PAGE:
In recent years paddy farmers are practicing ecological agriculture due to different reasons. According to selected farmers, more than 70 per cent of the total farmers have shifted from modern agriculture to ecological agriculture, in order to maintain soil fertility. According to them, by using cowdung, ash, farm yard manure soil fertility can be maintained for many years. Health is one of the important factors influencing the paddy farmers to shift from modern agriculture to ecological agriculture. According to these farmers ecological food has positive impact on health and to be sure of the supply of organic food, they shifted to ecological agriculture. Paddy farmers also said that ecological agriculture creates more employment compared to modern agriculture. Survey results have shown that employment in ecological agriculture is more by 9 mandays/acre compared to modern agriculture. More than 50 per cent of the total farmers have shifted from modern agriculture to ecological agriculture due to employment. Cost of cultivation is high in ecological agriculture compared to modern agriculture, because initially more investment is required in ecological agriculture. After completion of transition (5 years) gradually cost is decreased in ecological agriculture. Nearly 65 per cent of the ecological paddy farmers said that they shifted due to higher and stable yield that they are expected under ecological agriculture. The results support this and yield under ecological farm is more by 1 quintal per acre.

In the case of sugarcane, 82.1 per cent of the total farmers have shifted from modern agriculture to ecological agriculture because they believe that it leads to healthy life. More than 65 per cent of the total farmers have transformed from modern agriculture to ecological agriculture due to soil fertility maintenance and environmental factors like pollution control, sustainability, water management etc. Sugarcane farmers also opined that ecological agriculture creates more employment compared to modern agriculture. Only 36 per cent of the farmers shifted because they think that cost of cultivation is low under ecological agriculture. In the case of paddy more shifts took place due to ecological factors than economic factors.

The main reasons for transition can be found in environmental sustainability as well as health and soil fertility management. Paddy and sugarcane farmers mainly reported that cost of inputs like chemical fertilizers and pesticides are highly expensive. The results clearly show that the awareness about environmental impact of modern agriculture is the main reason for the farmers to shift to ecological agriculture.

Conclusion

The over all analysis of the study highlights that ecological agriculture is economically profitable compared to modern agriculture. It provides greater returns to the growers at present and ensures the sustainability of these returns in future by protecting the fertility of the soil and enhancing the quality of environment and conserve natural resources. Farm Business Income from ecological agriculture is more due to higher yield and price. It is mainly due to the purchase of organic manure by the growers. Efforts should be made to encourage farmers to keep livestock to produce on farm organic inputs in order to reduce the cost of organic manures. The main reason for transition from modern agriculture to ecological agriculture was the awareness about environment and health. This awareness is limited only to those who are educated. Efforts should be made to create awareness about two aspects of ecological farming i.e., awareness about environmental consequences of ecological farming and economics of ecological agriculture.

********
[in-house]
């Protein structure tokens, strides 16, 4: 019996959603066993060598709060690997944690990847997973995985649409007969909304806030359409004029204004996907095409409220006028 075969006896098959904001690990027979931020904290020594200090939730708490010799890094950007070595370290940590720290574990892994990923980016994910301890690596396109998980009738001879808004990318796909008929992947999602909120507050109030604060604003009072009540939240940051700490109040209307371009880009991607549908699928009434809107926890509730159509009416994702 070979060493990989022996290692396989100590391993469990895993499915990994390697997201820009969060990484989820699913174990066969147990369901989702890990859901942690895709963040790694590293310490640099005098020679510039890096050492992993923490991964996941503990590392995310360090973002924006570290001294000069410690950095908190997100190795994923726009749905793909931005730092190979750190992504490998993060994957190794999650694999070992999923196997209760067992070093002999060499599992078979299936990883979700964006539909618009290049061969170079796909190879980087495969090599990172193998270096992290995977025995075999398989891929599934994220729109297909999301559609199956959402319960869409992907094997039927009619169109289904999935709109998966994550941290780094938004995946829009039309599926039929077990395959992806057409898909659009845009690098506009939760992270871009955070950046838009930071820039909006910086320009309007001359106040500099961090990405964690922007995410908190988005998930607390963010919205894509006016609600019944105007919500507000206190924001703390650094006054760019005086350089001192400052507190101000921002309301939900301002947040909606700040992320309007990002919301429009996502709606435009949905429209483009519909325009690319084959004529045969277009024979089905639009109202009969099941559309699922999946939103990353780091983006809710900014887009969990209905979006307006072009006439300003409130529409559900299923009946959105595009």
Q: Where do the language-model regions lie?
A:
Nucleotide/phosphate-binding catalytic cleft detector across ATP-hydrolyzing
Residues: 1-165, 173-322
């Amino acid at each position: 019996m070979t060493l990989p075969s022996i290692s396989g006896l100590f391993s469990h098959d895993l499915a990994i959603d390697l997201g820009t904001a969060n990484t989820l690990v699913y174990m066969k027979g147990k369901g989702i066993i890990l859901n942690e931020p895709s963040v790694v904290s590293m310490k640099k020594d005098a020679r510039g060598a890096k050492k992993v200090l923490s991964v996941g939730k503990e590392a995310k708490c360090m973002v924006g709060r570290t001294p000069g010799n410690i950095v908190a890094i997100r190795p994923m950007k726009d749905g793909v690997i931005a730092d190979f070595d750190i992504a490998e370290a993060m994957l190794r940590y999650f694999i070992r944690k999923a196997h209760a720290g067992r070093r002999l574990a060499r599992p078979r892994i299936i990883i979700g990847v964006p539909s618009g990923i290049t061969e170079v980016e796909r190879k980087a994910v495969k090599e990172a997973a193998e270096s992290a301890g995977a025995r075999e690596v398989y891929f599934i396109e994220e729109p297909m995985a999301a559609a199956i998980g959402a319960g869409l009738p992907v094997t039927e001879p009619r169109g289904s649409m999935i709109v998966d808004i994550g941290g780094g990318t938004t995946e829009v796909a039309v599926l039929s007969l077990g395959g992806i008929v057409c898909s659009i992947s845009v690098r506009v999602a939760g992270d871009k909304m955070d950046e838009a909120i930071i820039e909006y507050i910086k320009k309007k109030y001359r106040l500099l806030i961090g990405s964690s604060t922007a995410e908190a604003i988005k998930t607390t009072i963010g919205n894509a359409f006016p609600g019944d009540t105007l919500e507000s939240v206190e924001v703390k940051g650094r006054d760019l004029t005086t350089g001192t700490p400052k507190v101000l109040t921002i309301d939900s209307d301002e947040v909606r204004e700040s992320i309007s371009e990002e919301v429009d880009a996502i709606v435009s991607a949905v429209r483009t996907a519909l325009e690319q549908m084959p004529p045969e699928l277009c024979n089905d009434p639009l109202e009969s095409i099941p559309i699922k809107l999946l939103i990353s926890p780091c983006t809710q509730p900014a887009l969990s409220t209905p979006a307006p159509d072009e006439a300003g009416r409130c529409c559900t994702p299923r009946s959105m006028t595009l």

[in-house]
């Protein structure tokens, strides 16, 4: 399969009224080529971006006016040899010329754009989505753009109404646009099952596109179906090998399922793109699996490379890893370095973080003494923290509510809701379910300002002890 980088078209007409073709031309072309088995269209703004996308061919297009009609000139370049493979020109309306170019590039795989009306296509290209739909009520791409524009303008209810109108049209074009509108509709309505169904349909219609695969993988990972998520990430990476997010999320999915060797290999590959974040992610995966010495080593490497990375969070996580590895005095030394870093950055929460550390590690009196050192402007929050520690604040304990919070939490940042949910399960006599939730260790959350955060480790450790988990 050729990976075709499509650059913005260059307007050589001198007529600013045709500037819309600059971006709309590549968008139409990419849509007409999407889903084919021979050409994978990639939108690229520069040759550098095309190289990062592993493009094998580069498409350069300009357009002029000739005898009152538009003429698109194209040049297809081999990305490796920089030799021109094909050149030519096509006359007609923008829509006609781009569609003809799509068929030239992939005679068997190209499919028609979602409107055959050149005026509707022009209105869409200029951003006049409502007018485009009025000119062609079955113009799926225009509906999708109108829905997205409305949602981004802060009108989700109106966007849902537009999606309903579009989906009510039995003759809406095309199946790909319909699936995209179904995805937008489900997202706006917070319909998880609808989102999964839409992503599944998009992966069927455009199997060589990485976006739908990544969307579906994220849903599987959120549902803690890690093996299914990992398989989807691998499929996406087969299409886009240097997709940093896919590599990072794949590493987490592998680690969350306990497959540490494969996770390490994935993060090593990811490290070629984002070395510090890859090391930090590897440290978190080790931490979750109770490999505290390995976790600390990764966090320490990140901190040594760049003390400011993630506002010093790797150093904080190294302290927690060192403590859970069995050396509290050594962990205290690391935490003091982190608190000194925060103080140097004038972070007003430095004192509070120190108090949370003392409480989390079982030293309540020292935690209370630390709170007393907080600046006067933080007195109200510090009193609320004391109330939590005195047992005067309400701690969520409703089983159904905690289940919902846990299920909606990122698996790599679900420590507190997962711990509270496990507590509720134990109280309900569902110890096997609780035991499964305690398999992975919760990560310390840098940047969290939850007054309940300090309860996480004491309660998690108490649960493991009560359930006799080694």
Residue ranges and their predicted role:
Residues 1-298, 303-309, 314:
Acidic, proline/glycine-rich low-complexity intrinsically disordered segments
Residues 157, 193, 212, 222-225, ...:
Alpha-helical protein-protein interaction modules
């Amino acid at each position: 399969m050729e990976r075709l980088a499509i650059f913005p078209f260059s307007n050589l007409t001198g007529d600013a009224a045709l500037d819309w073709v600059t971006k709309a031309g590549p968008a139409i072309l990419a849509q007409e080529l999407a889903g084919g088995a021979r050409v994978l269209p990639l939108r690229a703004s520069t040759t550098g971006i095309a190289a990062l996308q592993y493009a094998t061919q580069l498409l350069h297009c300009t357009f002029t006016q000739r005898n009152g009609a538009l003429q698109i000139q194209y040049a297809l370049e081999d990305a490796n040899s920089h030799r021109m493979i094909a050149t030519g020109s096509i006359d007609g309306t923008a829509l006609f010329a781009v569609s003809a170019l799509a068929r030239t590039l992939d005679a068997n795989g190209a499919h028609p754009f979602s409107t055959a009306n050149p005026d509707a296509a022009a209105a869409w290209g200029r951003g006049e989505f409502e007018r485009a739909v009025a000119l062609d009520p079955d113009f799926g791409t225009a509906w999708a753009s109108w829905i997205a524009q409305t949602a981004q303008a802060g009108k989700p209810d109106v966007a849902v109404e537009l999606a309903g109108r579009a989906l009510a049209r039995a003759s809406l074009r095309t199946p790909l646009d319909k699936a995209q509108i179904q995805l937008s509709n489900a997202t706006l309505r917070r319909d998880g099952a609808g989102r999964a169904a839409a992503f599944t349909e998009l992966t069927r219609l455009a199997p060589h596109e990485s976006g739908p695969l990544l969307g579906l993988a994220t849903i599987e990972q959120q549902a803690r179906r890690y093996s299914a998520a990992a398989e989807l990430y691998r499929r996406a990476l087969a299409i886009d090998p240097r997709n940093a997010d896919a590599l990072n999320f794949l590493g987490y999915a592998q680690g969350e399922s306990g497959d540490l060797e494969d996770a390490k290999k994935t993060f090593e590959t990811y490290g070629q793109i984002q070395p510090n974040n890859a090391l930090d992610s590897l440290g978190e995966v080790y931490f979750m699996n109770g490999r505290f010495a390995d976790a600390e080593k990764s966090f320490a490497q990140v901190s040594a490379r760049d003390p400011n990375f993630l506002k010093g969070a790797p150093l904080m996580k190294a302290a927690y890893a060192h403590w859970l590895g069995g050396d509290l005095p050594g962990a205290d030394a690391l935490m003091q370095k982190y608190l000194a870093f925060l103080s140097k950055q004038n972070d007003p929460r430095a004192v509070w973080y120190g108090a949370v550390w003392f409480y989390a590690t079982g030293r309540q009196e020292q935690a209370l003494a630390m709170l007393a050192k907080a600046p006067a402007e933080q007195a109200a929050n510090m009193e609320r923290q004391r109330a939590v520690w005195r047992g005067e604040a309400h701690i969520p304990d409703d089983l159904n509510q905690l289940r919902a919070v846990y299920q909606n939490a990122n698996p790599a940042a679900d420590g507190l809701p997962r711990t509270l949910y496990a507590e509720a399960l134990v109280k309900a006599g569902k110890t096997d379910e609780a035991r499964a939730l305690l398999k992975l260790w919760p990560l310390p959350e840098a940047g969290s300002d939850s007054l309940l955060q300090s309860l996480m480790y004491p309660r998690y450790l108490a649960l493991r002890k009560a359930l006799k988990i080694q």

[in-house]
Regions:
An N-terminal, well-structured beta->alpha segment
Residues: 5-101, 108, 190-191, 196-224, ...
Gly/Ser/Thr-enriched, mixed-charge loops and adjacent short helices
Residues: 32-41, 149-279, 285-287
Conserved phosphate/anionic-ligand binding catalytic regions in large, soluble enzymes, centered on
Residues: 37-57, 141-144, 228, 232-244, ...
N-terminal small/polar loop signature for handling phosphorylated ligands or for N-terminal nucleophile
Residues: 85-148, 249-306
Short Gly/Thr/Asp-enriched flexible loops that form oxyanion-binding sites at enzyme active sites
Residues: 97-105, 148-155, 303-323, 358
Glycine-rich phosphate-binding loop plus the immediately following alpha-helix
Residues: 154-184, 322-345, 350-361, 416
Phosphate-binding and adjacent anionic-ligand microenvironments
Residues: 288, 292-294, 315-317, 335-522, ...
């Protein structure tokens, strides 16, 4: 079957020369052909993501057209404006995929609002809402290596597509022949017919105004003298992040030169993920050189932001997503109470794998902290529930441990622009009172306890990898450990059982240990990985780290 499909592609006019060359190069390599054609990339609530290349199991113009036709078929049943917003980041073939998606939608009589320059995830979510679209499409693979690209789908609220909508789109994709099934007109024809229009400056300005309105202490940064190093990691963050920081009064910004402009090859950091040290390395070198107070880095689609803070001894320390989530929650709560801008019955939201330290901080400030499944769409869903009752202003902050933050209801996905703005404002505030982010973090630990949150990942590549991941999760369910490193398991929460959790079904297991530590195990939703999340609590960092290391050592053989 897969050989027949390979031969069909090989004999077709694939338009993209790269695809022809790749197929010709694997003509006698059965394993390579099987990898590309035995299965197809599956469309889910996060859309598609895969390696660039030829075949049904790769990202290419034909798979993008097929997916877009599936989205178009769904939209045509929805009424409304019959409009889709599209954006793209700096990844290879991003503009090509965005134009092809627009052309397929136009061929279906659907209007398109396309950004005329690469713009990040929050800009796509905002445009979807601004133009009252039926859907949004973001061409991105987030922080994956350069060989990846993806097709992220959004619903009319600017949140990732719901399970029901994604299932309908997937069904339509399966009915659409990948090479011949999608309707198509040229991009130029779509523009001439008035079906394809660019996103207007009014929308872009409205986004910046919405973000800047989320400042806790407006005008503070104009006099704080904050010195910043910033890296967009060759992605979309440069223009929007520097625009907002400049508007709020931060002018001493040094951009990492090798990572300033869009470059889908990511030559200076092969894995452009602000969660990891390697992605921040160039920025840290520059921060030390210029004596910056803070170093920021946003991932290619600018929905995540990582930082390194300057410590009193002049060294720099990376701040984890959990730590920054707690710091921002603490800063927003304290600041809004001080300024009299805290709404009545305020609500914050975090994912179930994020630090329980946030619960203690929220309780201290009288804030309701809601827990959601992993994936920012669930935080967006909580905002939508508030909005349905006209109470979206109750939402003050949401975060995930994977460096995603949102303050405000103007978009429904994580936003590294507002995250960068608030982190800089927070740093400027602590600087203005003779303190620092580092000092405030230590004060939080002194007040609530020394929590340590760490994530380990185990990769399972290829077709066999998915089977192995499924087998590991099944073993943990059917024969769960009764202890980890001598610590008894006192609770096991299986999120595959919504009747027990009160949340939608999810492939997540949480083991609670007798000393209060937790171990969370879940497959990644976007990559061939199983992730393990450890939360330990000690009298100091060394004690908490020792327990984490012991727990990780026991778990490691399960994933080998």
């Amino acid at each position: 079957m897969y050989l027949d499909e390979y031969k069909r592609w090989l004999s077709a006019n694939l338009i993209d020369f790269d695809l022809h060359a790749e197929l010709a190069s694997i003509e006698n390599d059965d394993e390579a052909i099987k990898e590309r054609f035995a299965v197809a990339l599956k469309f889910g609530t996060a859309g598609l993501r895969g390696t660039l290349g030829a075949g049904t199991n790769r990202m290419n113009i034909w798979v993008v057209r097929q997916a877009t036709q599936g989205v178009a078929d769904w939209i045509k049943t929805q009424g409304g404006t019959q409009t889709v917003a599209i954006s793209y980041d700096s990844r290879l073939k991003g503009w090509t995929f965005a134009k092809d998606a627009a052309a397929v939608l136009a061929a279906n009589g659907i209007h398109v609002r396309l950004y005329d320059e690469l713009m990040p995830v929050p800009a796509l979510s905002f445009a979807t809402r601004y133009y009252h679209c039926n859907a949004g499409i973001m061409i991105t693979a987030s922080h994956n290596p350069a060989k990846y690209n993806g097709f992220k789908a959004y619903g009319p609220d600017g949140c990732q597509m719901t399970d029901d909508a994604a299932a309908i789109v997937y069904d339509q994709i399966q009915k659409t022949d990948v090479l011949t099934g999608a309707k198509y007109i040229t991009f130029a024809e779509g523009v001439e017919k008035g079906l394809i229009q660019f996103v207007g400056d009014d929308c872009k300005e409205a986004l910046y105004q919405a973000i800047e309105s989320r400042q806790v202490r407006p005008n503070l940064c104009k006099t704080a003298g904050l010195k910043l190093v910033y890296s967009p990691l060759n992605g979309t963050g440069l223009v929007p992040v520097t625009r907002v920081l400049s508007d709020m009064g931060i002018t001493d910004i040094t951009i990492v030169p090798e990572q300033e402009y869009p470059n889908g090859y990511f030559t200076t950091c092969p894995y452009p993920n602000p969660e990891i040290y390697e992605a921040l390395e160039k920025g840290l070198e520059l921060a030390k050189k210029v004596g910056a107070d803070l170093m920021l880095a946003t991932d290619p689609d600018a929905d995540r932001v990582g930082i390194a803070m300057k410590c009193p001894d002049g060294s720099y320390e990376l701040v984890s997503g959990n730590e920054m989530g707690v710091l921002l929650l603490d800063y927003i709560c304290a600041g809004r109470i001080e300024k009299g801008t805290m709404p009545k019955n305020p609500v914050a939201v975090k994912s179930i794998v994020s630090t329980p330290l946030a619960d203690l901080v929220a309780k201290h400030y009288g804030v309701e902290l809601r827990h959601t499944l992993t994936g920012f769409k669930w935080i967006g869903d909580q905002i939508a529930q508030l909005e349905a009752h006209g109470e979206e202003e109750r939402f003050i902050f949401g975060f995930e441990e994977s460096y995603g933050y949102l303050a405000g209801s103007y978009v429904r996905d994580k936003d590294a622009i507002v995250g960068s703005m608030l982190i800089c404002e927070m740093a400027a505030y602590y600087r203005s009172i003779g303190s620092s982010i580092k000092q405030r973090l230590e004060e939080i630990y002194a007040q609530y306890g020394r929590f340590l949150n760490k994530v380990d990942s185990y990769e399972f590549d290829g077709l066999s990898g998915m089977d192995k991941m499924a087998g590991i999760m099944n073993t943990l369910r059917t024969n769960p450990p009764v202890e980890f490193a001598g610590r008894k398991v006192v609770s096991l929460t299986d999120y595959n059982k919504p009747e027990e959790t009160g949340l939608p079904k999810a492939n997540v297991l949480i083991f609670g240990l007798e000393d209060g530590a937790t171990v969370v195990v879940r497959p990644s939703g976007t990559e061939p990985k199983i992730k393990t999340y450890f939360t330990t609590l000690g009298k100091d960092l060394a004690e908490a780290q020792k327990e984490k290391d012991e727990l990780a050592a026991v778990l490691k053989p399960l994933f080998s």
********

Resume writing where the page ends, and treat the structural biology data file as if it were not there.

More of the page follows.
References:

  1. CharjanY.D and T.N Hajare (2002), Ecological Agriculture Solves the Problems of Indian Agriculture, Kisan World, l29 (7), pp. 43-4.
  2. Dhawan AS and MS. Deshmukh 92005), Organic Farming in Relation to Environment Pollution, Kisan World, 32(2) February 2005, Pp: 27-28.
  1. Saravanane M et al (2007) “Organic Production SystemKisan World, 34 (03), Pp. 45 – 47, March 2007
  1. Thakur and Sharma KD (2005), Organic Farming for Sustainable Agriculture and Meeting the Challenges of Food Security in 21st Century: An Economic Analysis, Indian Journal of Agriculture Economics, 60 (2), April-June 2005, Pp: 205-219.

1


[*] Senior Research Scholar, Department of Studies in Economics and Cooperation, University of Mysore,

Mysore, Email: [email protected]

[**] Reader, Department of Studies in Economics and Cooperation, University of Mysore, Mysore,

Email: [email protected].